Splashdown confirmed: SpaceX’s Dragon lands in the Pacific Ocean after successful trip
By Irene Klotz
CAPE CANAVERAL Fla. (Reuters) – A Dragon cargo ship owned by California-based Space Exploration Technologies ended a 28-day stay at the International Space Station on Sunday, parachuting into the Pacific Ocean.
Space Station commander Steven Swanson used a robotic crane to release the Dragon capsule, built and operated by the company more commonly known as SpaceX, at 9:26 a.m. ET (1326 GMT) as the two vehicles soared in orbit 266 miles (428 km) above Earth.
“Thanks to everybody who worked this Dragon mission. It went very well,” Swanson radioed to flight directors at NASA’s Mission Control Center in Houston after Dragon left the station’s orbit.
About five and a half hours later, the capsule made a parachute descent into the Pacific, splashing down about 300 miles (482 km) west of Mexico’s Baja California peninsula.
“Splashdown is confirmed! Welcome home, Dragon,” SpaceX posted on Twitter.
The capsule returned with more than 3,500 pounds (1,586 kg) of science samples for analysis on Earth, along with equipment no longer needed aboard the space station and spacesuit components in need of refurbishment.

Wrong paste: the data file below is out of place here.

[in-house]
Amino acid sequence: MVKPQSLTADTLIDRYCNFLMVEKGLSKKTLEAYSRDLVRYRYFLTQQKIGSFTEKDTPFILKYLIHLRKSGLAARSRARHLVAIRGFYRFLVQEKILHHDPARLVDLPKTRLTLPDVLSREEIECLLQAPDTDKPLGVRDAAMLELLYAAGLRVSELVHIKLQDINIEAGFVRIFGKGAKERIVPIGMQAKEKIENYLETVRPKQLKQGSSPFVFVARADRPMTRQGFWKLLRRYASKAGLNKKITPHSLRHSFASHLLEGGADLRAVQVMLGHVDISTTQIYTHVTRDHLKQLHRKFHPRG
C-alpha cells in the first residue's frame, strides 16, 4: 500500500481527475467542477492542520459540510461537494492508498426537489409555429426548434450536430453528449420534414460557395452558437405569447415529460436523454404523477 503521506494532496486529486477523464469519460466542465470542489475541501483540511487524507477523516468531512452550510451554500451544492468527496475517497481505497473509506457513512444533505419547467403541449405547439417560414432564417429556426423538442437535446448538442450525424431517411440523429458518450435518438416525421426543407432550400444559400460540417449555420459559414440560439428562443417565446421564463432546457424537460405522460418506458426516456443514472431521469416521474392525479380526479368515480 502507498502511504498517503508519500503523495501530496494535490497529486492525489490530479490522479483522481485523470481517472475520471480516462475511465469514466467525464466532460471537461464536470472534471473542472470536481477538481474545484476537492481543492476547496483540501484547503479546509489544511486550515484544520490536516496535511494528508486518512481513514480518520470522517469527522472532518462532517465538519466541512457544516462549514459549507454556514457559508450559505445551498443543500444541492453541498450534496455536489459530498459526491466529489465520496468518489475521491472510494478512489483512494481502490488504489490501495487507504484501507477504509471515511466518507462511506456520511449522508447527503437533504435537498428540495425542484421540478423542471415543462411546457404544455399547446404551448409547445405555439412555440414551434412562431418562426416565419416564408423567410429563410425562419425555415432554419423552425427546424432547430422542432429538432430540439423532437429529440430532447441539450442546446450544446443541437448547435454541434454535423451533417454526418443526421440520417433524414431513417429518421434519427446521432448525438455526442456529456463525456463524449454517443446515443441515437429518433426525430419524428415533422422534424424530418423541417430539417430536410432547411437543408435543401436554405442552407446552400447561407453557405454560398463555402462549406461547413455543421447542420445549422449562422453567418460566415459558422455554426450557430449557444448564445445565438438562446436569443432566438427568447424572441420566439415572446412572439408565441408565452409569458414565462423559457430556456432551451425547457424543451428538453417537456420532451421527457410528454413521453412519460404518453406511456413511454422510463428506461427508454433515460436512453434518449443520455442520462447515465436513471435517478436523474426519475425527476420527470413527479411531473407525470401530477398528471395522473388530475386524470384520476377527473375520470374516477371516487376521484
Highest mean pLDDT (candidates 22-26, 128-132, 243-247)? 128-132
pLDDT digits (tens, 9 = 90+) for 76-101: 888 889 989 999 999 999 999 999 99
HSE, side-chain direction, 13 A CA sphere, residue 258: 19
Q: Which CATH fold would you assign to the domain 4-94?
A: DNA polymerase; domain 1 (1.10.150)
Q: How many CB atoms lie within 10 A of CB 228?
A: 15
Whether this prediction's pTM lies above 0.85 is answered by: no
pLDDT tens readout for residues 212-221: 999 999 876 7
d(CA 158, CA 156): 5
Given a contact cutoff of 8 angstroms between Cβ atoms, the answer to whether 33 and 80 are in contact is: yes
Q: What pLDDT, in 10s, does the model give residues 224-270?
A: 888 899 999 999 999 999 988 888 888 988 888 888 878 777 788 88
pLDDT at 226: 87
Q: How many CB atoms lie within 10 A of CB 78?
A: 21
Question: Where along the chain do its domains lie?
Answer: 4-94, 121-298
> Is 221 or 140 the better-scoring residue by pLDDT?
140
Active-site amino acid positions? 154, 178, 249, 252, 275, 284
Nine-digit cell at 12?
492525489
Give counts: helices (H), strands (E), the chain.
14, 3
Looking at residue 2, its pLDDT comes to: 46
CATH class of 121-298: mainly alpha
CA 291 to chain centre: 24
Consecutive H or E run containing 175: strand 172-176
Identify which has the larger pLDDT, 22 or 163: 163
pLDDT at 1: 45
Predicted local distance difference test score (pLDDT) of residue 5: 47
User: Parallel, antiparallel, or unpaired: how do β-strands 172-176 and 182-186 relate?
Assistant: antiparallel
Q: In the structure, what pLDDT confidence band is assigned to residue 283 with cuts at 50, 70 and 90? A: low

A recovery ship will retrieve the capsule and bring it to a port near Los Angeles.
Dragon arrived at the space station on April 20, with a delivery of food, supplies and science experiments for the crew, a pair of legs for the experimental humanoid robot aboard and a new high-definition video camera.
The mission marked the third of 12 under SpaceX’s $1.6 billion contract with NASA for space station cargo runs.
The company also is vying against Boeing and privately-owned Sierra Nevada Corp., for a related NASA project to develop space taxis to ferry astronauts to and from the space station.
(Reporting by Irene Klotz; Editing by Steve Gorman and Paul Simao)